A cabinet minister has told Sky News they believe Boris Johnson could secure the 100 nominations he needs from Conservative MPs to progress in the Tory leadership race if he were to stand.
Speculation is mounting that Mr Johnson could launch a comeback to frontline politics after the dramatic resignation of Liz Truss, his successor, six weeks after he was officially ousted from the top job.
Commons Leader Penny Mordaunt became the first candidate to enter the contest on Friday, stating that she wants to “unite our country, deliver our pledges and win the next general election”.
Party rules for the leadership contest mean hopefuls need the backing of at least 100 Tory MPs by Monday afternoon to stay in the race.
This means the maximum number of people able to stand is three. If three candidates get 100 backers, there will be a vote by MPs, with the top two put forward to the party membership and a winner chosen by Friday 28 October.
Should Tory MPs coalesce around one candidate, however, the contest will be over on Monday.
Three cabinet ministers have said they would support Mr Johnson if he entered the race.
Jacob Rees-Mogg became the first to declare this morning, posting on social media: “I’m backing Boris #BorisorBust.”
Simon Clarke, the levelling up secretary, also endorsed the former prime minister, telling the Telegraph: “Boris is the person we need to lead our country and our party.”
Ben Wallace, the defence secretary, said he is “leaning towards Boris Johnson” as he ruled himself out of the contest.
The second leadership contest in three months began after the resignation of Ms Truss, who was forced from office after 44 days in which her tax-slashing mini-budget crashed and burned.
It is believed Mr Johnson is on holiday in the Dominican Republic, but reports suggest his return to the UK is imminent.
Will Walden, former press secretary to Mr Johnson, told Sky News: “I’ve spoken to someone that’s spoken to him and he’s on the way back. And clearly he’s taking soundings.”
‘Boris riding to rescue’
Asked about Mr Johnson’s chances at a second run for office, one cabinet minister told Beth Rigby, Sky News’ political editor: “I’d expect him to get to 100.
“Even people who resigned from his government were on the terrace yesterday telling colleagues they would now back him and members definitely will.”
A friend of Mr Johnson also told Sky News that it is “likely” he will stand.
Sir Christopher Chope, the veteran Tory backbencher, told Sky News he’s “excited” by the possibility of Mr Johnson returning to No 10.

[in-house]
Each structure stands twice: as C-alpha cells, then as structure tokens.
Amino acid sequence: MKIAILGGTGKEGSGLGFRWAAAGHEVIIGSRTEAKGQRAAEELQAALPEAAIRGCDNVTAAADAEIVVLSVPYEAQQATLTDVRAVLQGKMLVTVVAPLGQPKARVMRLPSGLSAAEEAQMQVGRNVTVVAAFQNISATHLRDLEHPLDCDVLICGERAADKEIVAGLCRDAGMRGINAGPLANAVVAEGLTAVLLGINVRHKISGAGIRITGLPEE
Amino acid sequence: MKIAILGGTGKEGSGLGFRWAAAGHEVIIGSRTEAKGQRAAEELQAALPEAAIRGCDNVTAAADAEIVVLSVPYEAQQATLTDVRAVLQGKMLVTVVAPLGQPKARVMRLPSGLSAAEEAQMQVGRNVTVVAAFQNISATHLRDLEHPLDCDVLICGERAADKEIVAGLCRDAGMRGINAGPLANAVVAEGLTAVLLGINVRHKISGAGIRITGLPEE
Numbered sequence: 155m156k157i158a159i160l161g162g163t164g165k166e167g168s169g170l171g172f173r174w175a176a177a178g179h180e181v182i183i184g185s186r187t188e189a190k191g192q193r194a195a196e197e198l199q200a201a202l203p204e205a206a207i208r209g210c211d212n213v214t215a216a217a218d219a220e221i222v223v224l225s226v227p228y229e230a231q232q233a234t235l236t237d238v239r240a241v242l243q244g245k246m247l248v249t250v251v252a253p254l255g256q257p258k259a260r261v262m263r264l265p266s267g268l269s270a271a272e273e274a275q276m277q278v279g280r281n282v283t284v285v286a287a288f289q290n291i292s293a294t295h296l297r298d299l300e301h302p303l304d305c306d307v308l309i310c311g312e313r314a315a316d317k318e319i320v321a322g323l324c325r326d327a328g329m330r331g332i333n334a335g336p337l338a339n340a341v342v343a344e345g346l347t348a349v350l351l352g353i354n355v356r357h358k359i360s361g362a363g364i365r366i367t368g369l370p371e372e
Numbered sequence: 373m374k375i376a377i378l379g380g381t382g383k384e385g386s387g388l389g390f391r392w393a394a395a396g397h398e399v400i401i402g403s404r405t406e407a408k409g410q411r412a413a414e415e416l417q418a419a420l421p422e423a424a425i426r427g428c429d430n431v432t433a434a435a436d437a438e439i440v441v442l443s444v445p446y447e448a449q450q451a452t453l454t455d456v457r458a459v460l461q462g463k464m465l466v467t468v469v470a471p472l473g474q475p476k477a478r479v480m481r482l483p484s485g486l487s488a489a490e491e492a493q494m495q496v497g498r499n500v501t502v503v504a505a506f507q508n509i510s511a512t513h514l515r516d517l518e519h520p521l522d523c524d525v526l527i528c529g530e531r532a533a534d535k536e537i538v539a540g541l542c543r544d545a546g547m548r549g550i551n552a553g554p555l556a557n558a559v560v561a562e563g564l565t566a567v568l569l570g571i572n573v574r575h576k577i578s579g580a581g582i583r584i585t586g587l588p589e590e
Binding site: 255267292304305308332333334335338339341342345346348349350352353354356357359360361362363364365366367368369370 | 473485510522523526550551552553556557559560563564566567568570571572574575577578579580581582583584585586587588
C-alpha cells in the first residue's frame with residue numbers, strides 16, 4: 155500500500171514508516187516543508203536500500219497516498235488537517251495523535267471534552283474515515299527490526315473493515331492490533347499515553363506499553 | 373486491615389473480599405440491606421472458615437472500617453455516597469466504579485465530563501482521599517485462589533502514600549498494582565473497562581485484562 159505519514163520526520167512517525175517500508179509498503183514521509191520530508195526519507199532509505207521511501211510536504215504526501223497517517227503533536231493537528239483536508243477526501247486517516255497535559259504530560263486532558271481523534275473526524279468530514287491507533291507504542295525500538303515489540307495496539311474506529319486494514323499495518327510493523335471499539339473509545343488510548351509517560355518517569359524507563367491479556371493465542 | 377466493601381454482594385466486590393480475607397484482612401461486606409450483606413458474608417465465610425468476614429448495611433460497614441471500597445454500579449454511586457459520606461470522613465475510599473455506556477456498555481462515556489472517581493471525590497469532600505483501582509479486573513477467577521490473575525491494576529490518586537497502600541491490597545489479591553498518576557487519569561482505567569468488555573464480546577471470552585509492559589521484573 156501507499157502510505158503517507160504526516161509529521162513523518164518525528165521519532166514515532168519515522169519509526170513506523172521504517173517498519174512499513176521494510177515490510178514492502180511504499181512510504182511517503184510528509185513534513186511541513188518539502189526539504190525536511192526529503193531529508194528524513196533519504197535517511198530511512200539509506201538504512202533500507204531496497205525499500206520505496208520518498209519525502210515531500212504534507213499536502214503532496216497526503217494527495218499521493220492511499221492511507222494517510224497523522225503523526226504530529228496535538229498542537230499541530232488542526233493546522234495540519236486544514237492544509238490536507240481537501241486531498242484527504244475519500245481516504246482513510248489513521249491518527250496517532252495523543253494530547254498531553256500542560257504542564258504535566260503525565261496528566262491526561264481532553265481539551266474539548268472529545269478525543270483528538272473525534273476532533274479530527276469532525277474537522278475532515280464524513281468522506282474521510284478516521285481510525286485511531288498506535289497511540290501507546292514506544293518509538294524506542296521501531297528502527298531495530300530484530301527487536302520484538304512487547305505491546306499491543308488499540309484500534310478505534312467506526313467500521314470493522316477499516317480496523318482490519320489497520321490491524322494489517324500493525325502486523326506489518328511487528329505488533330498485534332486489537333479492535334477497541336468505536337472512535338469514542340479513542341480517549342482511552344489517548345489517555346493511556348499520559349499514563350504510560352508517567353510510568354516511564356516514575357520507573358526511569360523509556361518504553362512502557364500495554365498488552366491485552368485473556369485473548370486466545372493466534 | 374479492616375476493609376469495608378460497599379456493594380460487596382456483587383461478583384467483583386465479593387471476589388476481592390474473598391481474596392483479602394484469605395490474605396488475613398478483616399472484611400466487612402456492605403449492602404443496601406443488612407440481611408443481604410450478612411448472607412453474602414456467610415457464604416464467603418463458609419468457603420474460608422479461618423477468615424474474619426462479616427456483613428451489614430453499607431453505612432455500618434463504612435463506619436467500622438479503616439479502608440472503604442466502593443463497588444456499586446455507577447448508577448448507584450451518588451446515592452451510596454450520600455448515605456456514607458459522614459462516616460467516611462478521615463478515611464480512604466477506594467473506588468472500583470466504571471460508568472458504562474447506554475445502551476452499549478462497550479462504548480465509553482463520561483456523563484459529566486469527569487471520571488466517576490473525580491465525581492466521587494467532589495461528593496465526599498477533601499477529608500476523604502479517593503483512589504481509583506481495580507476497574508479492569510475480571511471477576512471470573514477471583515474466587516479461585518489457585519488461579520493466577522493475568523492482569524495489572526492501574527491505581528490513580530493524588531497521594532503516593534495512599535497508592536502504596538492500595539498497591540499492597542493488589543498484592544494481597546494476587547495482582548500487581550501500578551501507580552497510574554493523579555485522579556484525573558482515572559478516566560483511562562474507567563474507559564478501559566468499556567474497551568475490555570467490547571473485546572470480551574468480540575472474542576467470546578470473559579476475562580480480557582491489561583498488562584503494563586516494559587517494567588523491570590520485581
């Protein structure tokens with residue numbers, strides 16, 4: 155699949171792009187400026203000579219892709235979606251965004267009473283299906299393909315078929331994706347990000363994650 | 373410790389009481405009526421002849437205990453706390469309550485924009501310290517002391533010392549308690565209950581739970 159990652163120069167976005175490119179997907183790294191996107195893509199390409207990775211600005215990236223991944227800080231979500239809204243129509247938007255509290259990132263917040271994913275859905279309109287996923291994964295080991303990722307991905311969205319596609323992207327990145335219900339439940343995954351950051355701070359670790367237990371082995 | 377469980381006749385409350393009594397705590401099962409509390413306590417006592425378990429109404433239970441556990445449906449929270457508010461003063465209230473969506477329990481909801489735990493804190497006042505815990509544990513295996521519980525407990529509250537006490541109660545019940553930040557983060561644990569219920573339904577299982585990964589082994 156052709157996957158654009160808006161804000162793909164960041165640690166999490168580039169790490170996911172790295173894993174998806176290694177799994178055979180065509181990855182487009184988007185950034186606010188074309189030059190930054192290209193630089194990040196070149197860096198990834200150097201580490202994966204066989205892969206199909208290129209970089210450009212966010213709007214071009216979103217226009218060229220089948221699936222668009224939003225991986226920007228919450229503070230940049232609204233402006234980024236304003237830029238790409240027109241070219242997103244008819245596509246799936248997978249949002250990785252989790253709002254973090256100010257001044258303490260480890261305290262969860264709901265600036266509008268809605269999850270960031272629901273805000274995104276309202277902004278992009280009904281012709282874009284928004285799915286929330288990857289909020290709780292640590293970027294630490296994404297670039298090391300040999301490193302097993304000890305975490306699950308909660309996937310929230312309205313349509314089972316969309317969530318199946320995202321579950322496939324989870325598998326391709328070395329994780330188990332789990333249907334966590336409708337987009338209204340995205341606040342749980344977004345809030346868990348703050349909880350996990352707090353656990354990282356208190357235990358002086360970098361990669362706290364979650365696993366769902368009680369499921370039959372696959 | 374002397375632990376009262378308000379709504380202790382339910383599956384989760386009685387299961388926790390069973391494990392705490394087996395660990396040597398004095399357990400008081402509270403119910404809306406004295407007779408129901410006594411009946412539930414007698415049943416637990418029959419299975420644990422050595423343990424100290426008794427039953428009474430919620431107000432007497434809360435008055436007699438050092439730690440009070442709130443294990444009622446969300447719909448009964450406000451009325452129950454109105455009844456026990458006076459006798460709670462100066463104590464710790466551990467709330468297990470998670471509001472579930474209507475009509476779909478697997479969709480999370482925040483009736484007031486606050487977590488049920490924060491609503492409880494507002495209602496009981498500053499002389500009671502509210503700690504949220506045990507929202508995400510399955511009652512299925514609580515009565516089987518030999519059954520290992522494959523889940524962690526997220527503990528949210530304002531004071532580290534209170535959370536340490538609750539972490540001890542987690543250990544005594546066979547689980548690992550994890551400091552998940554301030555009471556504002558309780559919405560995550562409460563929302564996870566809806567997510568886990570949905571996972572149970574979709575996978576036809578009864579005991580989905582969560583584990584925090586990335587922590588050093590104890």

“The news that Boris Johnson might be riding to the rescue of the country and the Conservative Party is really a great tonic,” he said.
‘Not the character’
Although multiple Tory MPs have expressed their support for a Johnson comeback, he remains a divisive figure.
Foreign Office minister Jesse Norman said selecting Mr Johnson as Conservative leader would be “absolutely catastrophic”.
Sir Roger Gale, the senior backbencher, reminded voters in a tweet that the former prime minister, who resigned in a mire of sleaze, remains under investigation by the Commons privileges committee for potentially misleading the House over partygate.
If found guilty, Mr Johnson could face recall proceedings and potentially lose his seat in a by-election if he receives a suspension of 10 days or more.
Sir Roger told Times Radio that, if Mr Johnson is voted back in as prime minister, he would give up the whip and stand as an independent.
While Crispin Blunt told Sky News Mr Johnson is “not the character” to lead the Conservative Party at this time – but said he could return in the future.
Who else could run?
Rishi Sunak, runner-up to Ms Truss in the previous leadership race, has signalled he is “very, very up for the job”, according to Sky’s deputy political editor Sam Coates.
Former cabinet ministers Dominic Raab and Robert Jenrick are among those who have backed the former chancellor.
Jeremy Hunt, the new chancellor, has ruled himself out of the running.
Suella Braverman, who resigned as home secretary on Wednesday, was highly critical of Ms Truss when she stepped down – an indication, her allies believe, of her intention to run.
Opposition parties say that, whoever is handed the keys to Downing Street, a general election must be called immediately.
Labour leader Sir Keir Starmer said Mr Johnson is “unfit to govern” and that the British people “deserve so much better than this revolving door of chaos”.